23. Celia, Thanks a million for this opportunity to hear Peter speak. He is certainly very engaging and passionate about his subject. I've only had time to see the first 1/3, but I'm looking forward to seeing the rest soon. One thing that struck me is his discussion of other methods in the beginning of his book. He referred to the NYT No Knead bread and then Artisan Bread in 5 Minutes in passing, and it struck me as kind of 'sad,' but then again I'm a big softie. On one hand you have a guy who has slaved over tome after tome of mind-numbing detailed instruction on how to bake bread, particularly artisanal loaves. Yes, he is revered as a master in his field, but, by his own admission, his audience, the home bread baker, is a 'subculture' comprising only about 1% of the population (his estimate, not mine). So, he works for years and then, seemingly out of the blue, comes a two-pronged strike, the NYT NKB and Zoe and Jeff's book, and now people who didn't know SAF from SAS are up to their elbows in flour and fashioning their own high-temp knobs to replace Le Creuset's phenolic ones. I don't have the numbers, but my gut sense is that these two events did more to budge the needle from 1% to maybe pegging out at 2% in the span of less than 2 years time. Quite amazing, but unfortunately PR won't get much credit for that. Even to a relatively seasoned bread baker (20 years) like myself, I must admit my interest in replicating breads from PR's Whole Grain book cooled considerably after I figured out how to incorporate whole wheat flour and 7 grain cereal into my NYT and Artisan in 5 breads with spectacular results. -sabine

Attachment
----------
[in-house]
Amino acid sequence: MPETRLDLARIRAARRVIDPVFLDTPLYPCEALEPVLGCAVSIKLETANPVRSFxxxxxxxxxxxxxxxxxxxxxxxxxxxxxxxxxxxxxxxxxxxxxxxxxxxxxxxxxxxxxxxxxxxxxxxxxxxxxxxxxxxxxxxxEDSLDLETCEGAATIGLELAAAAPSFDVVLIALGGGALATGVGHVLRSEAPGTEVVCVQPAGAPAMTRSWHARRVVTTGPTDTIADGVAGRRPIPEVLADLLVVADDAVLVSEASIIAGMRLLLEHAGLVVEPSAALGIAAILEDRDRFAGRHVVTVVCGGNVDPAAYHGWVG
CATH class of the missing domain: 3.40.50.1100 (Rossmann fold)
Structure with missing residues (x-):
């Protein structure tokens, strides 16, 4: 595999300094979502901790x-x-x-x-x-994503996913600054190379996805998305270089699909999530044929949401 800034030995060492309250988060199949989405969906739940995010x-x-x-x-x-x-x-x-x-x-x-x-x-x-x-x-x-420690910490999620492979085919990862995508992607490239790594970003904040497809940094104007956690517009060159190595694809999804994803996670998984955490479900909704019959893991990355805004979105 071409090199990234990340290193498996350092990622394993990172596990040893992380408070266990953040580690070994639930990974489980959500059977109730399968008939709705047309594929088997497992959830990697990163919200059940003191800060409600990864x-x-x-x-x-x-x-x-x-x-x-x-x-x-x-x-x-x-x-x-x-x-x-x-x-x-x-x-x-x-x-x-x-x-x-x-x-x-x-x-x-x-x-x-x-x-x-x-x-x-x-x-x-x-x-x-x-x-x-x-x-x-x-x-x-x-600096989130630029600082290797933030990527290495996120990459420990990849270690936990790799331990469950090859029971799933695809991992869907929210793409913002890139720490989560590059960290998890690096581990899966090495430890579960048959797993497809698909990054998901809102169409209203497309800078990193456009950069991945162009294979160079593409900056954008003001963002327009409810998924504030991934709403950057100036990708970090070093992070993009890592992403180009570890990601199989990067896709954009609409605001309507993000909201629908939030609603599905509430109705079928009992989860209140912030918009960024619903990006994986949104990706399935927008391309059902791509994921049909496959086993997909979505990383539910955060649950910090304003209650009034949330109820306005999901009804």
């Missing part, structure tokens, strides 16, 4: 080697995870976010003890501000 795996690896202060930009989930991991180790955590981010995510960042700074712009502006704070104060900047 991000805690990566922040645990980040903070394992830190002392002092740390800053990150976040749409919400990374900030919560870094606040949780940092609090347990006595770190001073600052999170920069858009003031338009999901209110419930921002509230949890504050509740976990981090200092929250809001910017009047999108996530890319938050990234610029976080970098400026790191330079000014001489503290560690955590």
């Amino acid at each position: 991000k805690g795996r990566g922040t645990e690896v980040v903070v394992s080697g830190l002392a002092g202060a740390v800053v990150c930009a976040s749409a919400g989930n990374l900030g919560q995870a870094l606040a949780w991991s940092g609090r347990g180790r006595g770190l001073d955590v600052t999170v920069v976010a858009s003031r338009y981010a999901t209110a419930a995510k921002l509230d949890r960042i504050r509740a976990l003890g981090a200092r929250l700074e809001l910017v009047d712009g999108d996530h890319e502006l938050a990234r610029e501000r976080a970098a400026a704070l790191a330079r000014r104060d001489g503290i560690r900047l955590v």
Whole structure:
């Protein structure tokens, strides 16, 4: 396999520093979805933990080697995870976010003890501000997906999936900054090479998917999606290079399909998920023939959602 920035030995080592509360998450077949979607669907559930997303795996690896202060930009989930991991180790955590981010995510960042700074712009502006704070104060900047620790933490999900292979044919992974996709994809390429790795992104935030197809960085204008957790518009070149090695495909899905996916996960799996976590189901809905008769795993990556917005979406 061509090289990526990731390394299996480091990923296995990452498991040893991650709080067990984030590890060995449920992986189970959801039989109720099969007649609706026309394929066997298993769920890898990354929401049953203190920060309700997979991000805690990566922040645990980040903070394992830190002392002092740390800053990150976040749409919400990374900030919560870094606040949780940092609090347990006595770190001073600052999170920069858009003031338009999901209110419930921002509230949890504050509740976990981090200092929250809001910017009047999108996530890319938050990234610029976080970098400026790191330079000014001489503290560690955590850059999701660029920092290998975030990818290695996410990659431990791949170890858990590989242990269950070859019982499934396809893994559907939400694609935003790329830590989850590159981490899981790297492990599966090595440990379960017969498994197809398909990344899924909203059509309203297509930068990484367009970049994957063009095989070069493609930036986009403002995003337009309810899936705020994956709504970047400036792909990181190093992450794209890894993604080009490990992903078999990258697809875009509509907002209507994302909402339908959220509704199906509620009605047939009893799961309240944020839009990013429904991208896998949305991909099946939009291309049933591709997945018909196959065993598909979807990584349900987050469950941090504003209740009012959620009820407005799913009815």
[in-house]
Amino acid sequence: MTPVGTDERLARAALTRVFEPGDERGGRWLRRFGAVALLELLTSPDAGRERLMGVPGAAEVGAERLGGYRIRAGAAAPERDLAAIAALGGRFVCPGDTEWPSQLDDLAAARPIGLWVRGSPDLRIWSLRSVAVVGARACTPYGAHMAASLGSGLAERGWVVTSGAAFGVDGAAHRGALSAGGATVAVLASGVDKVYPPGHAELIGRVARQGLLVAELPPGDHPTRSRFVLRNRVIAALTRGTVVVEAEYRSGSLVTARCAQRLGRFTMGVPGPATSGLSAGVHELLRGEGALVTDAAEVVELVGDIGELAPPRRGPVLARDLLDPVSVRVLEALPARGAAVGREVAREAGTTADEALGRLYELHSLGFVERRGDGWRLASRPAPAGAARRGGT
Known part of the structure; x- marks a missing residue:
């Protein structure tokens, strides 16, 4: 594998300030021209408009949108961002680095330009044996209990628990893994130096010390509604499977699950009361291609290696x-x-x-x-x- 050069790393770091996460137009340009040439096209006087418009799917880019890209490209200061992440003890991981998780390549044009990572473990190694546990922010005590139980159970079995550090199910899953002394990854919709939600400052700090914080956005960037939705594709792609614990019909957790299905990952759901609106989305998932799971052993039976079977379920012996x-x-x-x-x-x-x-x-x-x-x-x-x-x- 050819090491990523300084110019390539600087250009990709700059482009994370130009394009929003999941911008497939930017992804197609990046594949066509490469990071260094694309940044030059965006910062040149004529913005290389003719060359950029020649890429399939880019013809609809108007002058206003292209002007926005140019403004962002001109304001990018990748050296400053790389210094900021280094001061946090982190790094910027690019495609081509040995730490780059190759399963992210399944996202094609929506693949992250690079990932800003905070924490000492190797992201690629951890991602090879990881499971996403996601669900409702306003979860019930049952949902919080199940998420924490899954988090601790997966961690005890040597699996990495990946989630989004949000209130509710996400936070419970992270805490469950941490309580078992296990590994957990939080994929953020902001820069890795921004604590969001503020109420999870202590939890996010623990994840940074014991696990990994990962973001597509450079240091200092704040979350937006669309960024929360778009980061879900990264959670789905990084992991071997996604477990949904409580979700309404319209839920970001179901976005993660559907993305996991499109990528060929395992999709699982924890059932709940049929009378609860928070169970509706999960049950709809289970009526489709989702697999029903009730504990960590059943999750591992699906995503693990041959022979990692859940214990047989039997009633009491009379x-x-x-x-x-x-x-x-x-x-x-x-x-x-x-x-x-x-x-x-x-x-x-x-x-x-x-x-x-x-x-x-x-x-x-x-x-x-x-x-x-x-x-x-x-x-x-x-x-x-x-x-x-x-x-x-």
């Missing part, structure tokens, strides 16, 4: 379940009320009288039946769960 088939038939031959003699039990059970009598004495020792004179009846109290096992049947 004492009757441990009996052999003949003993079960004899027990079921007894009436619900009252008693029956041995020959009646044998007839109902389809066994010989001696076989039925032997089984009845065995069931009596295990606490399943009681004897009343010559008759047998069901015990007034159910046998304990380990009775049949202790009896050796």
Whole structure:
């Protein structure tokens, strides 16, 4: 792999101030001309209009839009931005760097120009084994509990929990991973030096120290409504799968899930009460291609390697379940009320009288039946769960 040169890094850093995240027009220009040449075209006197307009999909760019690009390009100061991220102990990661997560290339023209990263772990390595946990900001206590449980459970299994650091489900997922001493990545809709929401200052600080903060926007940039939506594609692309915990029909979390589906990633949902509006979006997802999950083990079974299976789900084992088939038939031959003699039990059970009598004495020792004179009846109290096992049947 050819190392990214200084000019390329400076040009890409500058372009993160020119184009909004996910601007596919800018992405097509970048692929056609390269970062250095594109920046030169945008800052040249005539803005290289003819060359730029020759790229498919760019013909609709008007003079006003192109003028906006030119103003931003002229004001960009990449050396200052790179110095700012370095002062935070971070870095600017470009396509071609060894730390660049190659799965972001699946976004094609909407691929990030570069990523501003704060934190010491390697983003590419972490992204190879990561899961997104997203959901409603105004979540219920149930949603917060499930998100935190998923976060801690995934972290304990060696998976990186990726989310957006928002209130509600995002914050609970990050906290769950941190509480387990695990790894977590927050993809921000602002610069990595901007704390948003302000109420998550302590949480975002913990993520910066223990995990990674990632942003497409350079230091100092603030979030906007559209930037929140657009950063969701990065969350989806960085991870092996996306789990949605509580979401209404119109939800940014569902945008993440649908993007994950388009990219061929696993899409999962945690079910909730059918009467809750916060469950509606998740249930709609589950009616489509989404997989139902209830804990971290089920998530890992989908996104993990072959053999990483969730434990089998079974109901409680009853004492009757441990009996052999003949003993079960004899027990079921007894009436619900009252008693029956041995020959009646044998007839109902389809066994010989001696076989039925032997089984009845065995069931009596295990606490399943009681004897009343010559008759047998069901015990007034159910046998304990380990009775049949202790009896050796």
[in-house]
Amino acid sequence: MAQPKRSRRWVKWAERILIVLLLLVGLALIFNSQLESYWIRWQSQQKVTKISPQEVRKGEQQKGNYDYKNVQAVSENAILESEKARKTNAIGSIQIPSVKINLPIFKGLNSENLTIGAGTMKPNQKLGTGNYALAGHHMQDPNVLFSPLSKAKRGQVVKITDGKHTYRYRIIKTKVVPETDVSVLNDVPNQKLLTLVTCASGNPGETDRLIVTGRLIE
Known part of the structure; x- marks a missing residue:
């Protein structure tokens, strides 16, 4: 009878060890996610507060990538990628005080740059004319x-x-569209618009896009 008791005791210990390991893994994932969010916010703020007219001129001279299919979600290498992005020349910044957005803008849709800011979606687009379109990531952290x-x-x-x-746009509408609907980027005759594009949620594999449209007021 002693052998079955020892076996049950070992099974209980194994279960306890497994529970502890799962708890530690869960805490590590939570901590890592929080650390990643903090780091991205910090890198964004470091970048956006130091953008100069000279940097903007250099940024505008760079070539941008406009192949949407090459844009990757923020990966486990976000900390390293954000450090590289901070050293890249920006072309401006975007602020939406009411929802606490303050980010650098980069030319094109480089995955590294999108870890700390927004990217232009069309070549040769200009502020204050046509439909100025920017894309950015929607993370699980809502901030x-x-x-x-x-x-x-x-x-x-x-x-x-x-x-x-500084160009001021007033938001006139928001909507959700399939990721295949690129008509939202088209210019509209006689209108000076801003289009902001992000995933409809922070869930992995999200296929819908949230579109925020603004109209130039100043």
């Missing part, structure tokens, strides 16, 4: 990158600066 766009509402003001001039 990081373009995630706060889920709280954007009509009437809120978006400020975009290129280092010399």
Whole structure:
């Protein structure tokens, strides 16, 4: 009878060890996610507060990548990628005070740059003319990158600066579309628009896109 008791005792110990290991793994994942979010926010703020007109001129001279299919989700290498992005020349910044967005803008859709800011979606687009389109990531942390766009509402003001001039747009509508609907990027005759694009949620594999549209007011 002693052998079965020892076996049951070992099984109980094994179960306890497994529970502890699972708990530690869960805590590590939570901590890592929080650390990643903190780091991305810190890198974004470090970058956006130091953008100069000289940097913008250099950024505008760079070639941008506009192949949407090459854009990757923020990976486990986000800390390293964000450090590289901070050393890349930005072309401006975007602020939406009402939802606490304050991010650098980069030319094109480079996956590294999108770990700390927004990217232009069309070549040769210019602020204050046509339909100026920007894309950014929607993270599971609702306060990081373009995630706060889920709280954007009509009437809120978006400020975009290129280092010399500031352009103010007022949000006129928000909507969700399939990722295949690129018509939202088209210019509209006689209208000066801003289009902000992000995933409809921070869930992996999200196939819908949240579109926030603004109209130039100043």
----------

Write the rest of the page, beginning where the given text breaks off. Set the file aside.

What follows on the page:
24. Peter, Check out the picture here (scroll about halfway down): http://www.billcasselman.com/canadian_food.../acadia_two.htm (sorry, don't know how to make a clickable link yet) Maybe if you asked people about 'mouse nipples' you'd get a more engaging response! Kind of look like a mutant aspargus plant to me. The little snow pancakes sound yummy too (on the same page)! -sabine
  25. I read this book as well and enjoyed it -- I needed it for some research I was doing for an article I wrote about my friend's baking school and Le Paynol wood fired oven. It's an excellent overview of how the simple tasks that we preform easily on a daily basis were not so easy in earlier times. And DDS 641 is always a cool place to hang out in the library to discover new and old gems! -sabine